Station Equipment

BandRadio (Transverter)PA / RX (Preamp)Antenna & Height
80mIC-756pro3Quadra (VL-1000)Dipole @ 10m
40mIC-756pro3Quadra (VL-1000)40m 1/4 wave vertical with
500m of radials
15mIC-756pro3Quadra (VL-1000)40m 1/4 wave vertical with
500m of radials
6mIC-756pro3Quadra (VL-1000)5 element YU7EF duoband @ 13m
4mFlex-1500 / IC-756pro3/ mcHF
+ Nacton Transverter
Homebrew (300w)5 element YU7EF duoband @ 13m
2mIC-910HHomewbrew 1Kw SSPA
+ DG8 preamp
9 element YU7EF @ 14m
IC-910HSP-2000 for 2m
SP-7000 for 70cm
2m 12 ele (6+6) Wimo X-Quad @ 8m
70cm 18 ele (9+9) Wimo X-Quad @ 8m
23cmIC-910H2x G4BAO (80w)
+ G4DDK preamp
35 element F9FT@ 15m



This is the main SCAM12 which has the VHF antennas for 6/4/2/23cm on it (23cm not shown in this photo).

2015-07-12 20.35.56

Shack with SCAM12 with 6/4m & 2m .

Here are the antennas with 23cm fitted.

All _antennas

The great thing with the SCAM12 is when it’s down it’s low, here you can see the antennas down at around 2.5-3m, at this height you never need worry about windy night again!


Base of SCAM12.

I made the mount for my SCAM12 such that I can tilt it over if I wanted to work on antennas.


Base of SCAM12 tilting over.


In October and November 2015 I was able to get my satellite antennas back up. This uses a pair of Berenco wall mounts, the lower one a tilt-over variety.


2m and 70cm satellite antennas.

Having planned the location for the sat antennas for some time, on the side of the house, a 115mm cable duct was buried when the shed bases were laid.

20151107_163611 20151031_174528

The RF (left) and rotator (right) cables and connections in the duct..

Places I’ve Lived

This map shows all the places I’ve lived when I’ve been active on the radio. The point in the NE of Scotland was on CB/11m only before I got licensed.


I’m originally from Scotland, in my younger years I lived in Dumbarton but it wasn’t till I lived in Kintore, near Aberdeen, that was where my passion for radio started with the introduction to CB. In my mid teens my family and I moved to Helensburgh (IO76pa) 15 miles west of Glasgow (and 7 miles from my starting point of Dumbarton), which was about when I took my Class B Amateur Radio Exam,  it was still the City & Guilds RAE back then.  I then spent 2 years working in Pardubice which was 60 miles east of Prague in the Czech Republic, before moving to Cambridgeshire, England where I’ve lived in numerous villages in and around the city, settling in Woodditton.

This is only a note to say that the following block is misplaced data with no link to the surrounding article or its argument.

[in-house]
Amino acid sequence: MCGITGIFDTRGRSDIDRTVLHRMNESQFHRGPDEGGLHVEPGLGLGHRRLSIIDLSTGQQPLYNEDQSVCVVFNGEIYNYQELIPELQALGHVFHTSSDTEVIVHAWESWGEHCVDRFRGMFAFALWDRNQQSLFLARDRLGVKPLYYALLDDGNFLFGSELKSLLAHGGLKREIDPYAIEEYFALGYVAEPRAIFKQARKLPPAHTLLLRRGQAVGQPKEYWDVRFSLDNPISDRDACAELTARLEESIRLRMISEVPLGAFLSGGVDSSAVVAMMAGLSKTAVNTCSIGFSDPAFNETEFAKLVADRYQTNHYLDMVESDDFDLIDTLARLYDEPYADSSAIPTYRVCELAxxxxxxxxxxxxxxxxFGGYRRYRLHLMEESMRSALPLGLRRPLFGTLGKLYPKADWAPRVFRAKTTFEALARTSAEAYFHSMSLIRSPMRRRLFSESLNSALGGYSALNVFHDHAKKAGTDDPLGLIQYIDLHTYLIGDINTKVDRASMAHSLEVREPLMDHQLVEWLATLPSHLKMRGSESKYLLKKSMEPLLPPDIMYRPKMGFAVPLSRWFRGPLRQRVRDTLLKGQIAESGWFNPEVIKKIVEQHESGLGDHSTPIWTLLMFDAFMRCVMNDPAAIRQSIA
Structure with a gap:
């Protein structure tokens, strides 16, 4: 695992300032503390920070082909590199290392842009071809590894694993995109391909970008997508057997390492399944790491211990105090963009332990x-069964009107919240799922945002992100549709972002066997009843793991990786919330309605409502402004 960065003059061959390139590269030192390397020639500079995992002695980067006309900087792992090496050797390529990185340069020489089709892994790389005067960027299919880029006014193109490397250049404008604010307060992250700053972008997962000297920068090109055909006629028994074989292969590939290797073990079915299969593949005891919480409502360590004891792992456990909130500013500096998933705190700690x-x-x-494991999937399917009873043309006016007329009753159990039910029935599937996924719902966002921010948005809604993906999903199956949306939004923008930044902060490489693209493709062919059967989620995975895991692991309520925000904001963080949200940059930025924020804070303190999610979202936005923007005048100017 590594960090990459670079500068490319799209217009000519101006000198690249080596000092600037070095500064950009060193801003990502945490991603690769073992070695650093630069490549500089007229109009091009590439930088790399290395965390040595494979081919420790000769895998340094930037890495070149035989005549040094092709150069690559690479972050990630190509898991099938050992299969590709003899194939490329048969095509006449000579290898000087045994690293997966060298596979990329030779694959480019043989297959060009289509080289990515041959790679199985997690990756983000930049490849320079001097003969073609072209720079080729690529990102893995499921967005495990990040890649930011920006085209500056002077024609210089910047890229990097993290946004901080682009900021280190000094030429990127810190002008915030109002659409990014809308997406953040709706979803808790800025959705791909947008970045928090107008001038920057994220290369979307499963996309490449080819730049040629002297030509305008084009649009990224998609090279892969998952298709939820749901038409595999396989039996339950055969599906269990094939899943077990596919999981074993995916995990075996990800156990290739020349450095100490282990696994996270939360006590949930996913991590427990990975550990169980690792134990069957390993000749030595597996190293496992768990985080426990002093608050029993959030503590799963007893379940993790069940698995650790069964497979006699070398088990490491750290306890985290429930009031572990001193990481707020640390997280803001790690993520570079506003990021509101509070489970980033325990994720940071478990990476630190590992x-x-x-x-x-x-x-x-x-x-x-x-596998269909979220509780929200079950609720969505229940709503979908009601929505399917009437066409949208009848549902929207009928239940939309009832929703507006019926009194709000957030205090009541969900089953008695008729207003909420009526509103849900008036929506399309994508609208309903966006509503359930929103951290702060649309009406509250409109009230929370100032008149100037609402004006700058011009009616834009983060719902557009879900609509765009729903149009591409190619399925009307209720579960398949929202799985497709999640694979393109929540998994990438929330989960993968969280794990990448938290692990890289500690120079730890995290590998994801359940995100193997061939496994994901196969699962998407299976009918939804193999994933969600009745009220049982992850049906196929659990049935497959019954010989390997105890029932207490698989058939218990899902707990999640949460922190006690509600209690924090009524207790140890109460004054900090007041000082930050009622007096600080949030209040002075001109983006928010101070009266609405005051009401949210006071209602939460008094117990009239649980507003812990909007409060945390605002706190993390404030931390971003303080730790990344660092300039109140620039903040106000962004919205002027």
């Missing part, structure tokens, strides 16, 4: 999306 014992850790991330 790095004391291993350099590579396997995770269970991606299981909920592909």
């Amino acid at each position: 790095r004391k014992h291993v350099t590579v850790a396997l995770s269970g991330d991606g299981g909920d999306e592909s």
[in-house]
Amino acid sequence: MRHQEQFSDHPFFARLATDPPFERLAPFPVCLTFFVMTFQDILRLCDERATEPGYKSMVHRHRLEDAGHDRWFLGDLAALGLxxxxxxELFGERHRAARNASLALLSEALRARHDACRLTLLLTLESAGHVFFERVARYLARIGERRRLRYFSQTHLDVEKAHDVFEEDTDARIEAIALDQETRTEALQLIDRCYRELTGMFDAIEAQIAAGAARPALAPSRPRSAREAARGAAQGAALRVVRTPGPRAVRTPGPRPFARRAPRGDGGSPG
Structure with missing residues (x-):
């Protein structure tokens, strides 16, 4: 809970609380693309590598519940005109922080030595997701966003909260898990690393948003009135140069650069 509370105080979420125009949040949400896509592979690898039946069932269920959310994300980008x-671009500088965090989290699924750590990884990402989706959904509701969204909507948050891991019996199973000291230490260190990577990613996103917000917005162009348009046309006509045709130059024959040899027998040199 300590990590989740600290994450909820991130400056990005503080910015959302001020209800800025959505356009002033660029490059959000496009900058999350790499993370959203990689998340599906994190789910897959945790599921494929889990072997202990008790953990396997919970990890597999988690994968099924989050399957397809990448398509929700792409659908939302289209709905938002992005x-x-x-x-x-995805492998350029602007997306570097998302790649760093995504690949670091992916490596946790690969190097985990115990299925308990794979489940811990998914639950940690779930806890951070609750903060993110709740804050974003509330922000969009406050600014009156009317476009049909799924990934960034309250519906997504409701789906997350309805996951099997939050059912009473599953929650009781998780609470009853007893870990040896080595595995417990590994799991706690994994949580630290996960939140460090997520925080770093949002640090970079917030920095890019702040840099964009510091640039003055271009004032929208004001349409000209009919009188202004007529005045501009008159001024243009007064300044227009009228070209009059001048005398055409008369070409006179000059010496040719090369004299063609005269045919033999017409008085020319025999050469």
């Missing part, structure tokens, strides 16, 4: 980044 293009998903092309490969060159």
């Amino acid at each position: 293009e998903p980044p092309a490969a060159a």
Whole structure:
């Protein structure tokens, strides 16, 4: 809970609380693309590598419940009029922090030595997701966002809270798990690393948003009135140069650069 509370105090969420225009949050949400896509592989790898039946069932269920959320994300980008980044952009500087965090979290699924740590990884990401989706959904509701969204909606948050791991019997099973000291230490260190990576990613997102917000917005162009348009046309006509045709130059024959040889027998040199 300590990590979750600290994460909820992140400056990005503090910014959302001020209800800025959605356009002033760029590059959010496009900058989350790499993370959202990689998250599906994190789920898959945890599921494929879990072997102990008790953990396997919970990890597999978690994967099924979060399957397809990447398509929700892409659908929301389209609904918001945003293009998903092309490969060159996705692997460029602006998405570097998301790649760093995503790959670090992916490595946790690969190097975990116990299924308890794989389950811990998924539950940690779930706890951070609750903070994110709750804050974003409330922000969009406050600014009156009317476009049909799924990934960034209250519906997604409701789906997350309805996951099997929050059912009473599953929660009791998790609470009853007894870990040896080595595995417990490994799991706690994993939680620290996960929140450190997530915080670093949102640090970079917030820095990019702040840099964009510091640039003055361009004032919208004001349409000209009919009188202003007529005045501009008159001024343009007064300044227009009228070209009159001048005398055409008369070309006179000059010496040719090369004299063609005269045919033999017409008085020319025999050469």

My present, and likely long-term QTH is Woodditton, JO02FE, which is 6Km south of Newmarket, 20Km east of Cambridge and 85Km NE of London.

The house was chosen due to its village location, and the fact it’s 114m ASL, a positive mountain in the Cambridge fens. Also my horizon with antennas at 40ft, using HeyWhatsThat,  is well below 1° (the top line) and hardly above 0° in all directions;


Professional Career

Professionally I’m a Technical Architect, after being the Technology Manager for many years, for a company called IOT and Approval Solutions (IOTAS) near Cambridge.  IOTAS provide GCF, IOP, KPI and a wealth of other cellular testing solutions and consultancy to a wide array of big name handset companies or standards meetings to steer the testing industry requirements which ultimately filters down into handset design.  Previous positions I’ve held are a Field Applications Engineer for Aeroflex involving supporting a test platform called a TM500 (which was a 3G and 4G test mobile phone the size of a microwave) and used by all the base-station manufacturers to help develop their 3G and 4G base-stations.  Before that I worked as a senior cellular approvals engineer for CSR (now owned by Samsung and Qualcomm), who were one of the worlds largest fabless bluechip companies on bluetooth, GPS, UWB, NFC and WiFi but my role is in cellular software test covering technologies from GSM to LTE including HSDPA, HSUPA and HSPA+.  Before that I was living in the Czech Republic working for Panasonic Mobile testing networks in countries like Russion, Turkey, Greece and, the Balkans and all other counties without 4 hours flight of Prague Smile

All positions have required a serious amount of travel, the Panasonic role especially, so I’d easily have DXCC from the countries I’ve been to.